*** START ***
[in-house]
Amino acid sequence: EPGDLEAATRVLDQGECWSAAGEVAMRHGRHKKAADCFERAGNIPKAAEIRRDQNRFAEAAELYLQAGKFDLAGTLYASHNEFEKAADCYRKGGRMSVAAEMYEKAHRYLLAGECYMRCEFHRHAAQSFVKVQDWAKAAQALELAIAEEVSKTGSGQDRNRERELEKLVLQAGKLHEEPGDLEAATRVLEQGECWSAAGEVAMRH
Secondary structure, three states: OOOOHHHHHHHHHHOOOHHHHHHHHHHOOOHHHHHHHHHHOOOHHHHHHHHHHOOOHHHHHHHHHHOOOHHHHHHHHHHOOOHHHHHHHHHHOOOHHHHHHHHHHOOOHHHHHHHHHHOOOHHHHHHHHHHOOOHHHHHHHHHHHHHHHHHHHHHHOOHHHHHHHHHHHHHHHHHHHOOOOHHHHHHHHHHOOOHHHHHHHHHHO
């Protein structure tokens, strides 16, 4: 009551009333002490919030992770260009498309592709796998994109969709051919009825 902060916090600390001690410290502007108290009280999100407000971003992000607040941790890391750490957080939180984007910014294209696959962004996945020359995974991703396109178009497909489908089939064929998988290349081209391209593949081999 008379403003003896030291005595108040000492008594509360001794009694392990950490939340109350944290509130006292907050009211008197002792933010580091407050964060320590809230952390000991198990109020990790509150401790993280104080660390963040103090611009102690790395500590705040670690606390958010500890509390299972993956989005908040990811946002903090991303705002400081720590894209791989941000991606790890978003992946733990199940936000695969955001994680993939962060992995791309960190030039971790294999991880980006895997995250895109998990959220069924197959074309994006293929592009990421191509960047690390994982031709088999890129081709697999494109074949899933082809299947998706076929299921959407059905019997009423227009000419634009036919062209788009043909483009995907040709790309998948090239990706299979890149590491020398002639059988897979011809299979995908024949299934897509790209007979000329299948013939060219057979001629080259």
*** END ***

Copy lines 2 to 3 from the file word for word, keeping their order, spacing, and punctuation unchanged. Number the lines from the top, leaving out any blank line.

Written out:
Amino acid sequence: EPGDLEAATRVLDQGECWSAAGEVAMRHGRHKKAADCFERAGNIPKAAEIRRDQNRFAEAAELYLQAGKFDLAGTLYASHNEFEKAADCYRKGGRMSVAAEMYEKAHRYLLAGECYMRCEFHRHAAQSFVKVQDWAKAAQALELAIAEEVSKTGSGQDRNRERELEKLVLQAGKLHEEPGDLEAATRVLEQGECWSAAGEVAMRH
Secondary structure, three states: OOOOHHHHHHHHHHOOOHHHHHHHHHHOOOHHHHHHHHHHOOOHHHHHHHHHHOOOHHHHHHHHHHOOOHHHHHHHHHHOOOHHHHHHHHHHOOOHHHHHHHHHHOOOHHHHHHHHHHOOOHHHHHHHHHHOOOHHHHHHHHHHHHHHHHHHHHHHOOHHHHHHHHHHHHHHHHHHHOOOOHHHHHHHHHHOOOHHHHHHHHHHO